Why My New Year’s Resolution Is to Laugh More
It’s that time of year when we scramble to develop a New Year’s Resolution before the ball drops at midnight on New Year’s Eve. Statistically speaking, most of us vow to lose weight, save money or become healthier. And research shows that most of us abandon these resolutions well before kickoff at the Super Bowl in February.
Why does this happen? It’s because most resolutions are punitive in nature, the product of self-criticism. It’s like saying to yourself, “You need to lose weight because you’re fat and hideous.” Or, “You need to save money because you’re wasteful.” When we’re mean to ourselves we become depressed, or, worse, we become rebellious and do the opposite behavior.
So after many years of setting unsuccessful New Year’s resolutions, I think I’ve developed a better approach for 2015.
The one question I’m asking myself this year is, “How can I make myself happier in 2015?”
To figure out what will make me happier in 2015, I examined what made me happy during 2014.
- The vacations that I took with my kids because we laughed so much.
- Athletic competitions that I did with my friends because, again, we laughed so much.
Instead of focusing on my weaknesses, I want to focus on making decisions that will make me happy. On some level it seems like an absurd method for developing a New Year’s resolution. One voice inside my head is cackling, “What kind of moron would need to vow to have more fun?” The other voice in my head is snarkily saying, “Oh, right. You’re so busy and important that you need to resolve to laugh more?”
But somehow, left to my own devices, I consistently do not prioritize myself or my happiness.
As the divorced mother of two daughters, I am nothing if not task-oriented. I wake up at 5 a.m. to exercise, I sign permission slips, I pack snacks, I arrange for appointments, I shuttle between school and activities. I am continually updating my calendar as I try to squeeze flu shots in between chorus concerts. I run my household and my kids’ activities like a military unit, and I’m generally pretty successful. I am efficient and responsible, and I take pride in my organizational abilities.
If happiness was the product of having a fully completed to-do list, I’d be grinning from ear to ear. But folding laundry doesn’t make me laugh. And cooking healthy dinners has never cracked me up. The obvious casualty of my rigid system of task completion is my social life—my “me” time. The energy required to maintain a career, a household, a schedule of activities, and cooking often leaves me depleted on nights and weekends. When I receive invitations to socialize, I often feel ‘talked out’ and unwilling to peel myself off the couch in order to go out. My social life, in many ways, has become my friends at CrossFit, Flywheel or Main Line Health and Fitness. On my more pathetic days, I might even include the cast of The Real Housewives as close friends.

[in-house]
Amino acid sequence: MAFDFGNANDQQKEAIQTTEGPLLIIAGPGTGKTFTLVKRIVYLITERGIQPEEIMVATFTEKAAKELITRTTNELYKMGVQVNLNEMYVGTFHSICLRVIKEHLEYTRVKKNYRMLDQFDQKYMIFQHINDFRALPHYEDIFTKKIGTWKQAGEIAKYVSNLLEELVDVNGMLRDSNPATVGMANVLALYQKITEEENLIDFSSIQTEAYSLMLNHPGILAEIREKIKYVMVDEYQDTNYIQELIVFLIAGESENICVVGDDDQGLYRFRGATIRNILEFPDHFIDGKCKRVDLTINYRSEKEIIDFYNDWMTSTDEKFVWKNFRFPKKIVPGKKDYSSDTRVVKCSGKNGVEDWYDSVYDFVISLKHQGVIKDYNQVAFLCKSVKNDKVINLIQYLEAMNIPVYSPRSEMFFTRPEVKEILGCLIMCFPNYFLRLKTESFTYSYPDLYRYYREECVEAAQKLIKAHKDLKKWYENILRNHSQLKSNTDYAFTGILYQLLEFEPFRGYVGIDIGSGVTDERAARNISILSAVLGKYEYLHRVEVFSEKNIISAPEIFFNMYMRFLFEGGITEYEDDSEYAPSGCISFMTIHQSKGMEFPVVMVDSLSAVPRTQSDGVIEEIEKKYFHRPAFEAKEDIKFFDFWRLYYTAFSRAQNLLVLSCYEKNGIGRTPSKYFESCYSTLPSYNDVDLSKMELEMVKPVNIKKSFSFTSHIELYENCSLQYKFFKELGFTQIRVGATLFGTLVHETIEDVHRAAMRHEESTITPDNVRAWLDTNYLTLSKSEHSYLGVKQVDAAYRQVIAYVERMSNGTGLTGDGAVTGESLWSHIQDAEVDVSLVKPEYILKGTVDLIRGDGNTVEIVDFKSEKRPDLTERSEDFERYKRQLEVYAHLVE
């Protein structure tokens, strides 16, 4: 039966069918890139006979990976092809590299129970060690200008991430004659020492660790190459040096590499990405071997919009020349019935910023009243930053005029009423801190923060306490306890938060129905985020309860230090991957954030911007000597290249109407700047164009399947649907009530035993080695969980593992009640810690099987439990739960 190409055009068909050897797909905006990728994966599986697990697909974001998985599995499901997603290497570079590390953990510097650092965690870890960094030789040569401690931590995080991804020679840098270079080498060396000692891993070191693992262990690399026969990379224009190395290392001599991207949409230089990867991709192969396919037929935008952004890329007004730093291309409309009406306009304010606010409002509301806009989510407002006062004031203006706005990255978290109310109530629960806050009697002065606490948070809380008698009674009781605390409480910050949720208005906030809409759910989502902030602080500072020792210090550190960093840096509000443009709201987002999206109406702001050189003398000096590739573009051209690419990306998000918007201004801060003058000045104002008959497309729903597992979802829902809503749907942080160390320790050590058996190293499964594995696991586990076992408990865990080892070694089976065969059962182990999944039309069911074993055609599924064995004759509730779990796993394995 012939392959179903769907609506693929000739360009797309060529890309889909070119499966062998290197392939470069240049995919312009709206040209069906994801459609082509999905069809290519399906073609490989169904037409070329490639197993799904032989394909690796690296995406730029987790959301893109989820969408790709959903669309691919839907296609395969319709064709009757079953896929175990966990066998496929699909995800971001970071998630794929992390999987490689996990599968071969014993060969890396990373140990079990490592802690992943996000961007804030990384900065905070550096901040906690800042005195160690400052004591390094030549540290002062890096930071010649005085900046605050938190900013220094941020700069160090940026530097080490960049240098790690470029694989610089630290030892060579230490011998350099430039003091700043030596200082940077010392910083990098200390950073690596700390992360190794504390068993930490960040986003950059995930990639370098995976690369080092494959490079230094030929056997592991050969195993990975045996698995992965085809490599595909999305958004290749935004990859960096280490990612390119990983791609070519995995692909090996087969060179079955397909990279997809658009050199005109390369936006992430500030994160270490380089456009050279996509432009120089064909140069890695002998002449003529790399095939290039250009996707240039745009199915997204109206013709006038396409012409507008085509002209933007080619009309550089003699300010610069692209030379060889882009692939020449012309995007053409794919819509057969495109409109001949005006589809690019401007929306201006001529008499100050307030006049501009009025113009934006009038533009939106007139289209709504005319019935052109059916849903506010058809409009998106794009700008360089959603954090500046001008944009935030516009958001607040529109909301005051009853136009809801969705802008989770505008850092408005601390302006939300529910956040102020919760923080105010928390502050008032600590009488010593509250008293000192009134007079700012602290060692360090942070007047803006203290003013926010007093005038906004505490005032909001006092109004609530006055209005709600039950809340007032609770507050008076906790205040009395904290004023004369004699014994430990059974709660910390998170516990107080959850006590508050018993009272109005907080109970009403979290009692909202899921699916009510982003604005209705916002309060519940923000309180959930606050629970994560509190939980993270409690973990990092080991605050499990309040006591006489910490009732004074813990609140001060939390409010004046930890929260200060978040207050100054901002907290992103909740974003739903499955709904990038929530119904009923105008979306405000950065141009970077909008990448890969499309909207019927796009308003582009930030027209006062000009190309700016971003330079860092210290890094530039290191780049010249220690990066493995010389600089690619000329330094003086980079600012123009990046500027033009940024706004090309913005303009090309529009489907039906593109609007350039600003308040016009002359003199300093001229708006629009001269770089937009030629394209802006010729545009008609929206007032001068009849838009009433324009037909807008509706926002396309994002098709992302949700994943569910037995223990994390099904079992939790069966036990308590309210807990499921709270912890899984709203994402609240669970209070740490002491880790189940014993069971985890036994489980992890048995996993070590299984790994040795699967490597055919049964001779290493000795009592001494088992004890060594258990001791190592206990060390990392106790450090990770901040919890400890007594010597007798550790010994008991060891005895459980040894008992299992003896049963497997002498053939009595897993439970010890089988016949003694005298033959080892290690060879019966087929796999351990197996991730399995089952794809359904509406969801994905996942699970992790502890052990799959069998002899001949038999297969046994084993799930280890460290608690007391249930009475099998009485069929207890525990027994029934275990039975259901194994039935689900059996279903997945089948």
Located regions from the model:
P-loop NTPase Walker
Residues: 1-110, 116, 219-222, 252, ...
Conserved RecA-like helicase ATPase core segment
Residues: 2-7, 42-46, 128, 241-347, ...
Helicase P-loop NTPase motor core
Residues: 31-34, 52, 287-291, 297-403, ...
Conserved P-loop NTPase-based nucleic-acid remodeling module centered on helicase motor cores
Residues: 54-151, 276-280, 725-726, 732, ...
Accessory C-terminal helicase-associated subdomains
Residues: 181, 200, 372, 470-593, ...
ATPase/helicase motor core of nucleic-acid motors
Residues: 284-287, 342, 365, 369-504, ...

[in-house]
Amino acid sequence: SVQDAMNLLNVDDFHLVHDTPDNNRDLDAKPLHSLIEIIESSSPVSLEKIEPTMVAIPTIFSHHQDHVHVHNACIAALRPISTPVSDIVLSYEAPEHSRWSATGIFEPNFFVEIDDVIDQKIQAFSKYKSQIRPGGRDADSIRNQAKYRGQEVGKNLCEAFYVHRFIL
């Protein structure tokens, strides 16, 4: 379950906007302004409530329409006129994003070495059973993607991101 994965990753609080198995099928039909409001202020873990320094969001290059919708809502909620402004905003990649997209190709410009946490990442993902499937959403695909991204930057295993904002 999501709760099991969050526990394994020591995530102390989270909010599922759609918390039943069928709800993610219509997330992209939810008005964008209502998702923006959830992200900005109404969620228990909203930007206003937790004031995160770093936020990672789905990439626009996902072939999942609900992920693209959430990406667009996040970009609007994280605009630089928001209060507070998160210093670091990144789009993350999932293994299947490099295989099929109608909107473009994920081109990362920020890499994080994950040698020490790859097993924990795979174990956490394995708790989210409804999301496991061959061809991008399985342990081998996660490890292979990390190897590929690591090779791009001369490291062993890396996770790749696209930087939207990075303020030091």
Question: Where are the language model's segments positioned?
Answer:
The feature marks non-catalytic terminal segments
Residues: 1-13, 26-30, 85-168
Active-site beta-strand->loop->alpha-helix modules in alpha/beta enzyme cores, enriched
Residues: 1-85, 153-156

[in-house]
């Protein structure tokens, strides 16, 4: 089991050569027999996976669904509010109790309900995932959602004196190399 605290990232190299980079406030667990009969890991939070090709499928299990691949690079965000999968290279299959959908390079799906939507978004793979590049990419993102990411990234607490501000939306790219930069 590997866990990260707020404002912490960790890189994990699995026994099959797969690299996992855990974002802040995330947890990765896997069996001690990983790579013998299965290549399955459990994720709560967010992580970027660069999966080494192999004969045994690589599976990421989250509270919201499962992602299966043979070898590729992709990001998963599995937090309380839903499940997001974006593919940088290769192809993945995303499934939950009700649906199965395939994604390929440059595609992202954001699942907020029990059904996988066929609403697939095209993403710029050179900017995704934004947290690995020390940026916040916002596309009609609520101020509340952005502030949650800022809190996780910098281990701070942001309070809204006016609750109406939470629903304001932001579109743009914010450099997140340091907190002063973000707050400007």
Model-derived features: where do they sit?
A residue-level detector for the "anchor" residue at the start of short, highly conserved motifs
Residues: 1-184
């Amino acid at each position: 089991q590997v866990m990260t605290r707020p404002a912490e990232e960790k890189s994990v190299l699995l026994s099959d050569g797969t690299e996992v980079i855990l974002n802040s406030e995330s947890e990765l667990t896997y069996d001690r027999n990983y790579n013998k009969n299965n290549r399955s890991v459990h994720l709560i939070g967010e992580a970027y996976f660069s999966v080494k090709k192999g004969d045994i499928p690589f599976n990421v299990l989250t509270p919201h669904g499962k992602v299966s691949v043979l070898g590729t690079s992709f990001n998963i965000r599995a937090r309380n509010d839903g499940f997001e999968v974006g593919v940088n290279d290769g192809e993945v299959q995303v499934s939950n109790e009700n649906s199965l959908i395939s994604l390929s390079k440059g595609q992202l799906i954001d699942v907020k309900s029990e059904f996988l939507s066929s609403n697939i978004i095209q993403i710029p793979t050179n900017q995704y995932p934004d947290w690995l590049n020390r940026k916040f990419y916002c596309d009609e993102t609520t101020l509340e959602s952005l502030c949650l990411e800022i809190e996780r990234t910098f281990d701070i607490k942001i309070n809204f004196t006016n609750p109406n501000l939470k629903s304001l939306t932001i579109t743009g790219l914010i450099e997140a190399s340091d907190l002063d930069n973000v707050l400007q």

My resolution this year, and I’m loathe to make it public, is to socialize more, because socializing makes me happy. See? I’ve already regretted saying it. I’m already picturing the dirty laundry that will pile up if I divert one minute away from my precious “system.” And even worse, I’m imagining all of the episodes of The Real Housewives piling up on my DVR with no one to take care of them.
The purpose of a New Year’s resolution is to enhance your quality of life. By reflecting on both good and bad decisions made in previous years, we can identify ways to make ourselves happier. In my case, I need to learn to see the forest instead of the trees.
When I feel consumed by the mountain of items on my to-do list, this will become my mantra:
- Laughter is more important than laundry
- Vacations are more important than an organized pantry
- Every season of The Real Housewives follows the same (delicious) storyline of gossiping, backstabbing and fashion changes, so really, I’m not missing anything.
Here’s to having more fun in 2015!
Lauren Napolitano, Psy.D., is a licensed psychologist on staff at Bryn Mawr Hospital and in private practice in Bryn Mawr, PA. To learn more about her practice, go here.